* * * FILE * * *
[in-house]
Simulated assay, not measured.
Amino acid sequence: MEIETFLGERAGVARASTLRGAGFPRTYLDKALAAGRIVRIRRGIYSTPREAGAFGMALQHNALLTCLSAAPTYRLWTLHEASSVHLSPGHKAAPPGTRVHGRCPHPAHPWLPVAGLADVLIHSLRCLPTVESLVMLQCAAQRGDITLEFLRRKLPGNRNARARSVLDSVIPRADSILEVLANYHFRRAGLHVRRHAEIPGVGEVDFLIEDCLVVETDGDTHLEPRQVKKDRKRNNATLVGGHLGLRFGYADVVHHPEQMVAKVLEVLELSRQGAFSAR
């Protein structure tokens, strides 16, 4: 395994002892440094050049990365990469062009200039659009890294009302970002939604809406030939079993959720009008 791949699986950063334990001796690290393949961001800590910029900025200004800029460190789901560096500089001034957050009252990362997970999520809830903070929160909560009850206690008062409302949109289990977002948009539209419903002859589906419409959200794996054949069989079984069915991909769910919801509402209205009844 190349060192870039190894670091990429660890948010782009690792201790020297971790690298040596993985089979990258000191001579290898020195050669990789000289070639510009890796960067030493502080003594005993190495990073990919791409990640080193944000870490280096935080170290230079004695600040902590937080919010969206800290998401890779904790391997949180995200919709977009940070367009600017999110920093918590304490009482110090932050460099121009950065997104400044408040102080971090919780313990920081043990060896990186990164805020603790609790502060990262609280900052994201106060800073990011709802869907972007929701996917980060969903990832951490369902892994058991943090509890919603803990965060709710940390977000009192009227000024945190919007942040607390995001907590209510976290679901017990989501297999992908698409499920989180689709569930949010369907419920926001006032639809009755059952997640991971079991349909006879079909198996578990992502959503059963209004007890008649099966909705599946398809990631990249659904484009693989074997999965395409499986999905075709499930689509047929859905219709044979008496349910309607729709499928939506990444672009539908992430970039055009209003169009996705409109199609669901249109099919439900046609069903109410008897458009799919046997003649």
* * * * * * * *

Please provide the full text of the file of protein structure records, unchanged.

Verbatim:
[in-house]
Simulated assay, not measured.
Amino acid sequence: MEIETFLGERAGVARASTLRGAGFPRTYLDKALAAGRIVRIRRGIYSTPREAGAFGMALQHNALLTCLSAAPTYRLWTLHEASSVHLSPGHKAAPPGTRVHGRCPHPAHPWLPVAGLADVLIHSLRCLPTVESLVMLQCAAQRGDITLEFLRRKLPGNRNARARSVLDSVIPRADSILEVLANYHFRRAGLHVRRHAEIPGVGEVDFLIEDCLVVETDGDTHLEPRQVKKDRKRNNATLVGGHLGLRFGYADVVHHPEQMVAKVLEVLELSRQGAFSAR
């Protein structure tokens, strides 16, 4: 395994002892440094050049990365990469062009200039659009890294009302970002939604809406030939079993959720009008 791949699986950063334990001796690290393949961001800590910029900025200004800029460190789901560096500089001034957050009252990362997970999520809830903070929160909560009850206690008062409302949109289990977002948009539209419903002859589906419409959200794996054949069989079984069915991909769910919801509402209205009844 190349060192870039190894670091990429660890948010782009690792201790020297971790690298040596993985089979990258000191001579290898020195050669990789000289070639510009890796960067030493502080003594005993190495990073990919791409990640080193944000870490280096935080170290230079004695600040902590937080919010969206800290998401890779904790391997949180995200919709977009940070367009600017999110920093918590304490009482110090932050460099121009950065997104400044408040102080971090919780313990920081043990060896990186990164805020603790609790502060990262609280900052994201106060800073990011709802869907972007929701996917980060969903990832951490369902892994058991943090509890919603803990965060709710940390977000009192009227000024945190919007942040607390995001907590209510976290679901017990989501297999992908698409499920989180689709569930949010369907419920926001006032639809009755059952997640991971079991349909006879079909198996578990992502959503059963209004007890008649099966909705599946398809990631990249659904484009693989074997999965395409499986999905075709499930689509047929859905219709044979008496349910309607729709499928939506990444672009539908992430970039055009209003169009996705409109199609669901249109099919439900046609069903109410008897458009799919046997003649």